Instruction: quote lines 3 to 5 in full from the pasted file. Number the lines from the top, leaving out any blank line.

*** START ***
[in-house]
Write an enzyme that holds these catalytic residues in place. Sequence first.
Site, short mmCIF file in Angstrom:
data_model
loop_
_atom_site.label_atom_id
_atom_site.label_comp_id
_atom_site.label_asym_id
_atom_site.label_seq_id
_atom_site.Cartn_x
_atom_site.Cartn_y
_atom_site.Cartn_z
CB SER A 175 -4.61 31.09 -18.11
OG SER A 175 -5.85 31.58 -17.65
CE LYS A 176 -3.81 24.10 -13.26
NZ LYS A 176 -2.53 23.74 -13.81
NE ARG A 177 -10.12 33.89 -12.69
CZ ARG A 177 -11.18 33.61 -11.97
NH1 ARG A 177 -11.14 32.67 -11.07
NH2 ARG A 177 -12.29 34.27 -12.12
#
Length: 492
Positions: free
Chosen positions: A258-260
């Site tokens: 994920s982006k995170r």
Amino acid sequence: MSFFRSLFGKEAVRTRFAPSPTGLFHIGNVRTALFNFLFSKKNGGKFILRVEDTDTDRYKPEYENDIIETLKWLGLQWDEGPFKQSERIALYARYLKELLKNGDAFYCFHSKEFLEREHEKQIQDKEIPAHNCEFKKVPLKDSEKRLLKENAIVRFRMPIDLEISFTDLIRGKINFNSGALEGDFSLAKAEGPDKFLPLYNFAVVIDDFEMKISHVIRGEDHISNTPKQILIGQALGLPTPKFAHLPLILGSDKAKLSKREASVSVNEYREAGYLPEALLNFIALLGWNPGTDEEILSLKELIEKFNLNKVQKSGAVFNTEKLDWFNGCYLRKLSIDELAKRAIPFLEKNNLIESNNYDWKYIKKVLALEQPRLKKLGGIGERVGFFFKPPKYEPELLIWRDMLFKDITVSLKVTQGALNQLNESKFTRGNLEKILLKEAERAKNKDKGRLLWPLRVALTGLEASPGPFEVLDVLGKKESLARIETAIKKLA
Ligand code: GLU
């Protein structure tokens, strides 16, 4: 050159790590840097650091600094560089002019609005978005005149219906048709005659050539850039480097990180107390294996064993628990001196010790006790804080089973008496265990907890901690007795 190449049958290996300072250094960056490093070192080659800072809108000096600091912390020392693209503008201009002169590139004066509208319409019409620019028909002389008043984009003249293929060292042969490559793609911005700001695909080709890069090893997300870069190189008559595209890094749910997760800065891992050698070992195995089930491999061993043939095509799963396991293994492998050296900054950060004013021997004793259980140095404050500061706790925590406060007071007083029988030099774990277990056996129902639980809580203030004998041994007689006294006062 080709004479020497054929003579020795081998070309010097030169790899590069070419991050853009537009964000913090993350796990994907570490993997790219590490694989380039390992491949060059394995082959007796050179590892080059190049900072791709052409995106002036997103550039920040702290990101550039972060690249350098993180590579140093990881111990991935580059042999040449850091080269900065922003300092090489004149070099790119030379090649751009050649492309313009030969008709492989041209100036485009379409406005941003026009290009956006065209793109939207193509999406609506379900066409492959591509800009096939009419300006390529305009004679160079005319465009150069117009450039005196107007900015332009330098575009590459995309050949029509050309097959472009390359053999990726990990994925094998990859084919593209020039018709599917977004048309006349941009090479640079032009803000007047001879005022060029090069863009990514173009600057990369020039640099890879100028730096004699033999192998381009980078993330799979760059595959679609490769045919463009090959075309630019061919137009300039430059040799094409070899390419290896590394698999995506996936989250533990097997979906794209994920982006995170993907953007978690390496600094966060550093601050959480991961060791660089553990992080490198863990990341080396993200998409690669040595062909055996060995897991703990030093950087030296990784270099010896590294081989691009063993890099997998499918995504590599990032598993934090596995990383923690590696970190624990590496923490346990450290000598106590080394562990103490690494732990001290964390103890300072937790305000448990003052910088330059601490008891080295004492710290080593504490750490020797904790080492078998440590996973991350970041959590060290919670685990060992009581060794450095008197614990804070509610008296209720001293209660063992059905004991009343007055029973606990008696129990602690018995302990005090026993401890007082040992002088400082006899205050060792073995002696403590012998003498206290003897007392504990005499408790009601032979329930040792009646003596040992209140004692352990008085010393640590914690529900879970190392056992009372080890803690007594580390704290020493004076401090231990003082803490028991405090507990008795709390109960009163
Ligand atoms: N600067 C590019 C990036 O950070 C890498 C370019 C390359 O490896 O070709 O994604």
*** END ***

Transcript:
Site, short mmCIF file in Angstrom:
data_model
loop_